Let’s answer some more reader questions this week! How do you build a calendar for your game? How do you keep a “save the world” plot arc from consuming your entire campaign?
What do you do when your players force you to turn a nameless, faceless nobody into an actual NPC? What do you do when they don’t even start with a nameless, faceless nobody? How do you make NPCs out of nothing?
Guess what we found? An entire LOST episode of the GM Word of the Week. And this is just the first one. There will be more. How did we lose an episode? What’s in it? How do we know there will be more? You’ll have to listen!
This article is about basic probability, dice, and statistics in D&D and other RPGs. I love this s$&% and I think it’s important and useful to understand. So, let’s use math to answer some questions about dice rolling in RPGs. Or not. Next week, I’m back to talking about NPCs, so you can skip this one if you want.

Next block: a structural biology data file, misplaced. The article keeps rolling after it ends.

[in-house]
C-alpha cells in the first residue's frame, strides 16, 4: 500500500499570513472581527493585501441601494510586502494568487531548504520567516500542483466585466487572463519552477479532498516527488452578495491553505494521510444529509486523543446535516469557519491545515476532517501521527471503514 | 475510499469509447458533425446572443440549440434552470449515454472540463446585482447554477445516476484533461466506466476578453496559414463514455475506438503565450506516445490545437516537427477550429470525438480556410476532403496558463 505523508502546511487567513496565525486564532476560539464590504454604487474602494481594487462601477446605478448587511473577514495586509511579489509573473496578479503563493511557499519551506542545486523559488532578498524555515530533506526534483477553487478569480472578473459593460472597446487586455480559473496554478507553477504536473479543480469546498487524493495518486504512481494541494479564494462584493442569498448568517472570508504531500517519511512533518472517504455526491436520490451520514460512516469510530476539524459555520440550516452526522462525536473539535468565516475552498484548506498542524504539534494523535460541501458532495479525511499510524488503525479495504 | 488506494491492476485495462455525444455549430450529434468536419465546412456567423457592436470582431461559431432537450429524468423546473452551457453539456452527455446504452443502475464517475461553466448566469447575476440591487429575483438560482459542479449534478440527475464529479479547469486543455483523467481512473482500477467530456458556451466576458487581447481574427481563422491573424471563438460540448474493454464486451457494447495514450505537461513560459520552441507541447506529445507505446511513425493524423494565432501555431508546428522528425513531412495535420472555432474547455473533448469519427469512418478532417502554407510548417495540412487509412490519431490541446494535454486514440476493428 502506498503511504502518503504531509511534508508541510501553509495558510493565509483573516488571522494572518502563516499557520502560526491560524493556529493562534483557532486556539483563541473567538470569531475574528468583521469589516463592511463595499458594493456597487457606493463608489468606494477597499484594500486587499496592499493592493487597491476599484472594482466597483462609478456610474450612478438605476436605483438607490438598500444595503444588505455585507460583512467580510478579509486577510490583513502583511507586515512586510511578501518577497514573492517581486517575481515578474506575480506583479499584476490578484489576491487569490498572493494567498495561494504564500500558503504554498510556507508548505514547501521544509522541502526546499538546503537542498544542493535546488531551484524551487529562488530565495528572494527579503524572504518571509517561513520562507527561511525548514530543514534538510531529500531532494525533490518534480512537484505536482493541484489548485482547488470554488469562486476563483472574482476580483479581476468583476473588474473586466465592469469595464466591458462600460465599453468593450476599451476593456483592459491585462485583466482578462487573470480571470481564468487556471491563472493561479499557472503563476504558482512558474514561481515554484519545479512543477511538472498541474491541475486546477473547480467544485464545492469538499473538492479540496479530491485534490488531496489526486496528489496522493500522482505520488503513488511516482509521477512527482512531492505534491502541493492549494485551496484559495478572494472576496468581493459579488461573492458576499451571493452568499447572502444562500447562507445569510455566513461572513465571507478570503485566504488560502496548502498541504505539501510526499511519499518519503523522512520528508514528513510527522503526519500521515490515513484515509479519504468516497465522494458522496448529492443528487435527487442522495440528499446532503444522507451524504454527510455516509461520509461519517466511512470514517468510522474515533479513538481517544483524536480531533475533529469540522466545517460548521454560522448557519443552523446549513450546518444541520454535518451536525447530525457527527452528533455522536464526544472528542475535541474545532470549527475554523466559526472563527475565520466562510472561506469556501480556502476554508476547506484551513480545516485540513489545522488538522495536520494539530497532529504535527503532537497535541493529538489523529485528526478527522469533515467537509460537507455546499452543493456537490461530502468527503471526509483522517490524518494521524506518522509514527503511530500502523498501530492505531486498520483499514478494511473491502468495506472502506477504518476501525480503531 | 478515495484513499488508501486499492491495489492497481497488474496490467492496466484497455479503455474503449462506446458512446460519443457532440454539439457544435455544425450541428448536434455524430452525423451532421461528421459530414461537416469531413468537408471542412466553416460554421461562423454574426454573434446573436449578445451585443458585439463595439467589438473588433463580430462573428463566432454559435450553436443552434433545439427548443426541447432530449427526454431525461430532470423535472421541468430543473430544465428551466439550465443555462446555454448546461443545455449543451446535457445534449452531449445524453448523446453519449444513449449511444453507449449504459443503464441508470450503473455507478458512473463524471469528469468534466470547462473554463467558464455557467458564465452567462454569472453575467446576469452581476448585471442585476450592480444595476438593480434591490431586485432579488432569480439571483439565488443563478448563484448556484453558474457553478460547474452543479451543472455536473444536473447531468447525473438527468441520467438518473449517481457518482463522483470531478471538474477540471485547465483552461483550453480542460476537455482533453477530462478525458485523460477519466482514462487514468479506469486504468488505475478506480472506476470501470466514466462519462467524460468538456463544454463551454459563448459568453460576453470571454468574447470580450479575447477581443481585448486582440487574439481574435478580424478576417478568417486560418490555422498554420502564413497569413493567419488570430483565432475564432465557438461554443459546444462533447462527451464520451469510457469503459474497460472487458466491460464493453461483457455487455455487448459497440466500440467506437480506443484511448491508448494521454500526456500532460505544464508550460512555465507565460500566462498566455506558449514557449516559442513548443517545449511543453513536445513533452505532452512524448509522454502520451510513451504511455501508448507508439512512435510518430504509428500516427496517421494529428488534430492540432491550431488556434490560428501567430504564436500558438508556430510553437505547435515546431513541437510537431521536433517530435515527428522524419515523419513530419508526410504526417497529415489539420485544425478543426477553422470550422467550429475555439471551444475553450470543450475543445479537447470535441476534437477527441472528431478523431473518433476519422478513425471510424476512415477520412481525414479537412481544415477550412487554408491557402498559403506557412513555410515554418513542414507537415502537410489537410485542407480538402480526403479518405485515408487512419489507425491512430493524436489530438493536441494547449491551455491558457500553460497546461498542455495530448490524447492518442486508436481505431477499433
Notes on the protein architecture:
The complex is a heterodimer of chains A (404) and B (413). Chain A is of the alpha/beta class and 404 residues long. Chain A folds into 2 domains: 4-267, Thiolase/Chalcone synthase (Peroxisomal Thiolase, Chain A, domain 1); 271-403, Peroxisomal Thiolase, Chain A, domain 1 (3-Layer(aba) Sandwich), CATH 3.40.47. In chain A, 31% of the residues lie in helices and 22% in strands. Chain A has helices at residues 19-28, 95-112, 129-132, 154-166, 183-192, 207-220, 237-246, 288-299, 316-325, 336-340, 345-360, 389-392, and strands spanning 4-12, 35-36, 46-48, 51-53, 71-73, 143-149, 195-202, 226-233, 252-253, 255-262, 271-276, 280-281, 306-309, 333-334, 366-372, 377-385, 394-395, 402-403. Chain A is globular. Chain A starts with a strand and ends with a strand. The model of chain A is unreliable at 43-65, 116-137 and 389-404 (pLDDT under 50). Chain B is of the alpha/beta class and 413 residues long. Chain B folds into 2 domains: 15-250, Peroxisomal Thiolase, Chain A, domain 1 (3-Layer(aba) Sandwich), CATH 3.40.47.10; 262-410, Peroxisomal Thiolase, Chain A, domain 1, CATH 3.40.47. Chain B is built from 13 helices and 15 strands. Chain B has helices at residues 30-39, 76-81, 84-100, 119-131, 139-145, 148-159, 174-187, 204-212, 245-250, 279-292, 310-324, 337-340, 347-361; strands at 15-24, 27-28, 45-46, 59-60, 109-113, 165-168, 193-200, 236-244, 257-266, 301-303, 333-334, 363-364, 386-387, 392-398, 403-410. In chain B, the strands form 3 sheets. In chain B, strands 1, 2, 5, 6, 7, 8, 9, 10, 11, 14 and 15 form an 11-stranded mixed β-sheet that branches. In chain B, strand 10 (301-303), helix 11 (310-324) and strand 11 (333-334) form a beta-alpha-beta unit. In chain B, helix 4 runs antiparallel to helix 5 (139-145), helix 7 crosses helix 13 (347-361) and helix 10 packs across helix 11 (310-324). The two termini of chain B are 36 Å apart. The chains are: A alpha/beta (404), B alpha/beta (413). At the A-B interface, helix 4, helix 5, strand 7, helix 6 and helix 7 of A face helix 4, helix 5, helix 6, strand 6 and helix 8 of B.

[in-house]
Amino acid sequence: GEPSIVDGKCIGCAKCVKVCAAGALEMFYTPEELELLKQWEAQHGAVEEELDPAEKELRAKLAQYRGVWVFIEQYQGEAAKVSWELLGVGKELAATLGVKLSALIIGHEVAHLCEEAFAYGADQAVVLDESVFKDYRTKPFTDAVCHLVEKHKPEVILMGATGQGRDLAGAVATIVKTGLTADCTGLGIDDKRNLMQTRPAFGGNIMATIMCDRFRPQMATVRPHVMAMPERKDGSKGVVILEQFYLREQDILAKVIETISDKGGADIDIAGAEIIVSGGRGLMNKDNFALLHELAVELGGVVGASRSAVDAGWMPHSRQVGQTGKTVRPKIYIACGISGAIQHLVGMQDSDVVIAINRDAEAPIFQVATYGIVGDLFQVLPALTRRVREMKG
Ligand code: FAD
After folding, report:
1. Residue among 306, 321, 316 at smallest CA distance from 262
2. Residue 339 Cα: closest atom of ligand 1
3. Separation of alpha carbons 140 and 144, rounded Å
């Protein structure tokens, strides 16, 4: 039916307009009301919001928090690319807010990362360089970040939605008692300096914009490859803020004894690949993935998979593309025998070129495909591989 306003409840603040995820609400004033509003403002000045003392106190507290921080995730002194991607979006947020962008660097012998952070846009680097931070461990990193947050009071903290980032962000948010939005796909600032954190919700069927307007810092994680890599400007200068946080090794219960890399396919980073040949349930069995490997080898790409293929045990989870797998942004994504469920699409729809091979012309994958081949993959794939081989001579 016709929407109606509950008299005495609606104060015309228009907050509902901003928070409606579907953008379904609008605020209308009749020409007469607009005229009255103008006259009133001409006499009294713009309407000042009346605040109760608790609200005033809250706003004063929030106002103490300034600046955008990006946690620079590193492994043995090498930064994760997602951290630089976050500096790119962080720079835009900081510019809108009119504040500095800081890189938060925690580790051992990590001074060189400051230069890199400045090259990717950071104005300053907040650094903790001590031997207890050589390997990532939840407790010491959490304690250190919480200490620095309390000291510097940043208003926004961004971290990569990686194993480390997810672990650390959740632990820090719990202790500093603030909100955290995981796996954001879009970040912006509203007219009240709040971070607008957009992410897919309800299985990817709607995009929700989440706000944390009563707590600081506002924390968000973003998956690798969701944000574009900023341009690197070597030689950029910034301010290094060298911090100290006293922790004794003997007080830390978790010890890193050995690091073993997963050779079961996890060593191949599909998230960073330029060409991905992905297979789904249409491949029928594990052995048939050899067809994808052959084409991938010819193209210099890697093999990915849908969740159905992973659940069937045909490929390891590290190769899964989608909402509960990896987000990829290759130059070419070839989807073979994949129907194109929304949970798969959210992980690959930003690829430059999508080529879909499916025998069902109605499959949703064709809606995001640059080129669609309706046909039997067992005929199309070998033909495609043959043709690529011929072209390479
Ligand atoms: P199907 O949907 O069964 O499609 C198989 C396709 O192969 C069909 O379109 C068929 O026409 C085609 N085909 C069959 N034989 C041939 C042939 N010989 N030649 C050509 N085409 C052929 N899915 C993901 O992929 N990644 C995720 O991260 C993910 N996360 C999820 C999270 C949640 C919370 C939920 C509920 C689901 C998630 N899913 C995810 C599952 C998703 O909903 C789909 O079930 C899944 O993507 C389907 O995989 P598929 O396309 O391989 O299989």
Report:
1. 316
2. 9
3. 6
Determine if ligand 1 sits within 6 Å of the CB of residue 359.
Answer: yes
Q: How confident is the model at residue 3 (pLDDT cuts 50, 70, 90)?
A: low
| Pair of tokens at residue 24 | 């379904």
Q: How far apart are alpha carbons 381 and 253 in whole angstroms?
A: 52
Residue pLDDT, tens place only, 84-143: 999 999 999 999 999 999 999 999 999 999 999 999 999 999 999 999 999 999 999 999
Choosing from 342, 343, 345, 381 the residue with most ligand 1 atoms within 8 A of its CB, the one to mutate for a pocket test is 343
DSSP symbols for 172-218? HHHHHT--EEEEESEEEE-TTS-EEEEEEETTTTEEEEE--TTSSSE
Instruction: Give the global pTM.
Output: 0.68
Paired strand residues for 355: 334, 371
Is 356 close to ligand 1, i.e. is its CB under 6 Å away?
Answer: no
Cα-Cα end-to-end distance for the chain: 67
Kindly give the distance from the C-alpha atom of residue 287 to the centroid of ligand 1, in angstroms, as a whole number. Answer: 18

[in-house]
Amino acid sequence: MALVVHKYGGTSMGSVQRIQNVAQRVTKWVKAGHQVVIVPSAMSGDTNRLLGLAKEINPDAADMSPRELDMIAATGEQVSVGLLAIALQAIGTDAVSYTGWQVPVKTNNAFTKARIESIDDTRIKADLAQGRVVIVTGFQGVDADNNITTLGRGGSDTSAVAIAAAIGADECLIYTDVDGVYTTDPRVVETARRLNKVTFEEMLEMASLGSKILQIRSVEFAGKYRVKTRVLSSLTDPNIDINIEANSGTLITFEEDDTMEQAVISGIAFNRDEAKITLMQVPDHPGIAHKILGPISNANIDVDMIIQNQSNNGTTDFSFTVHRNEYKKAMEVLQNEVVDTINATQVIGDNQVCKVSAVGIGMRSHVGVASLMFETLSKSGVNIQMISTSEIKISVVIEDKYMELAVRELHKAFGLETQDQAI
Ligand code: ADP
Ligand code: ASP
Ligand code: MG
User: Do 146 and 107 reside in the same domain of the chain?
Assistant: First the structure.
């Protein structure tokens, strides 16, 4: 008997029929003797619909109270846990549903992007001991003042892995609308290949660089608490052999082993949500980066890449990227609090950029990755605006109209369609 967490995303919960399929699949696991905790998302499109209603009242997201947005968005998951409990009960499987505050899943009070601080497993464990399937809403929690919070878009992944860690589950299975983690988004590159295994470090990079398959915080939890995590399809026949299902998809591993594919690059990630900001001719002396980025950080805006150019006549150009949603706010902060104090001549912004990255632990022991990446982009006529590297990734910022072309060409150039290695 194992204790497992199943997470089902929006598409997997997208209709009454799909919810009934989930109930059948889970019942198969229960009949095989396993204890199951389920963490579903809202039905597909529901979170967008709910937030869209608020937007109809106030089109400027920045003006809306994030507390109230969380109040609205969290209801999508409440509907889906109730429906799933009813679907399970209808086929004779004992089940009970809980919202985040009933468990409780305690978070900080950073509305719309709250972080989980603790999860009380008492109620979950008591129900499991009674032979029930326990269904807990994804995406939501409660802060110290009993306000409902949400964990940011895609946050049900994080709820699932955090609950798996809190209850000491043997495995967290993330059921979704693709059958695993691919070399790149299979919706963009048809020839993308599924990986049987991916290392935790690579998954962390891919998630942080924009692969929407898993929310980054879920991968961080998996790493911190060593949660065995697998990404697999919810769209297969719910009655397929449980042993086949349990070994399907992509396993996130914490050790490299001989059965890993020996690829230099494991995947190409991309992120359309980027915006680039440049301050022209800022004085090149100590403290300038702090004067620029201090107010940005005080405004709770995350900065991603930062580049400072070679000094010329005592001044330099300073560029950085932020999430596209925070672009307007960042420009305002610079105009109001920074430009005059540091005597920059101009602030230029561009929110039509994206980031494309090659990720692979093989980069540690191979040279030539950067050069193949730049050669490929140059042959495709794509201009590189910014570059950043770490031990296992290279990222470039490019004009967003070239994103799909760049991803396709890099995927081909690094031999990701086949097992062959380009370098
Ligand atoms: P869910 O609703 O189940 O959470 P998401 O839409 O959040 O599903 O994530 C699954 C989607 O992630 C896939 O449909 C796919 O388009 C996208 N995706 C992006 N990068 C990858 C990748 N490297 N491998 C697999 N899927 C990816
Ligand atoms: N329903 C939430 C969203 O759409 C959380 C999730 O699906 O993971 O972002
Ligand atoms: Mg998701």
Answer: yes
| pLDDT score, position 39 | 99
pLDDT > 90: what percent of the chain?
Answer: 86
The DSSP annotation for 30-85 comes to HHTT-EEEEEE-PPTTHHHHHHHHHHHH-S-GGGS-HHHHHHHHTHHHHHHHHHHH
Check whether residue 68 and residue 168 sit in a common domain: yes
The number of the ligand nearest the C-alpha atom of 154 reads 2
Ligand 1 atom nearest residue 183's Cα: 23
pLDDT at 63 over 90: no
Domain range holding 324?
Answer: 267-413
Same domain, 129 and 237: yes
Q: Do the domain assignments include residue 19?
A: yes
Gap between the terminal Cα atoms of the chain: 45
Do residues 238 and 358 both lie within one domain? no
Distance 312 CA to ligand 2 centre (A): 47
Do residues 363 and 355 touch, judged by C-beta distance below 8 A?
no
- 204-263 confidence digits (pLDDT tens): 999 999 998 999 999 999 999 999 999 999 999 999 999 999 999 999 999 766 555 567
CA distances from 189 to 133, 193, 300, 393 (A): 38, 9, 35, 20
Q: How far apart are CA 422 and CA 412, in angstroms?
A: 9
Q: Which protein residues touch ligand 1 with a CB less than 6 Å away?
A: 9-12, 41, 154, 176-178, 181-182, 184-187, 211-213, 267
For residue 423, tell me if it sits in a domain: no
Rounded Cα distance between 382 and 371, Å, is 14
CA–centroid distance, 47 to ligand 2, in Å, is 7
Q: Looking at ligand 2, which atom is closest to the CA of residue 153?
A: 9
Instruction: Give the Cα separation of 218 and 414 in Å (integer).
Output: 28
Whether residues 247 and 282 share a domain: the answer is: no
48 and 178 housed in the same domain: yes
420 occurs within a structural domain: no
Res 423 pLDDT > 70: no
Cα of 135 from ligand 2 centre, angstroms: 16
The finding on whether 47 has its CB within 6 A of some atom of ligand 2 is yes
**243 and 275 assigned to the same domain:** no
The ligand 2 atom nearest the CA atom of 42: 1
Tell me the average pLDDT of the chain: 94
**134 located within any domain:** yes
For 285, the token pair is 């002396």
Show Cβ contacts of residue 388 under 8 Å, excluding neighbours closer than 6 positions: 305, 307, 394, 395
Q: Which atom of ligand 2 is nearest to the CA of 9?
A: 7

No discussion of strange, out-of-place magical items in D&D would be complete without the Apparatus of Kwalish… and strangely, it’s not the only magical item with legs.
Everyone knows that the easiest way to start an adventure is to just have some damned NPC show up and tell the PCs what to do and how to do it. After all, that’s what MMORPGS do and it works for them. So why not do the same in D&D? Because Quest Givers can be so much more than expository text. Don’t waste that potential.
It’s time for yet another Ask Angry blitz! And the first two questions I answer are a little bit of site news. And then I answer real questions. Yay!
It is weirdly anachronistic. It seems out of place. And it hardly seems like magic at all. And yet, it is generally considered the single most powerful, most versatile magic item in all of D&D.
Among the many magic items in D&D, the cape of the mountebank stands out. Not because of it’s apparently simple teleportation effect, but because of its flashy appearance, it’s smoke and mirrors special effects, and it’s odd name. Just who IS the mountebank?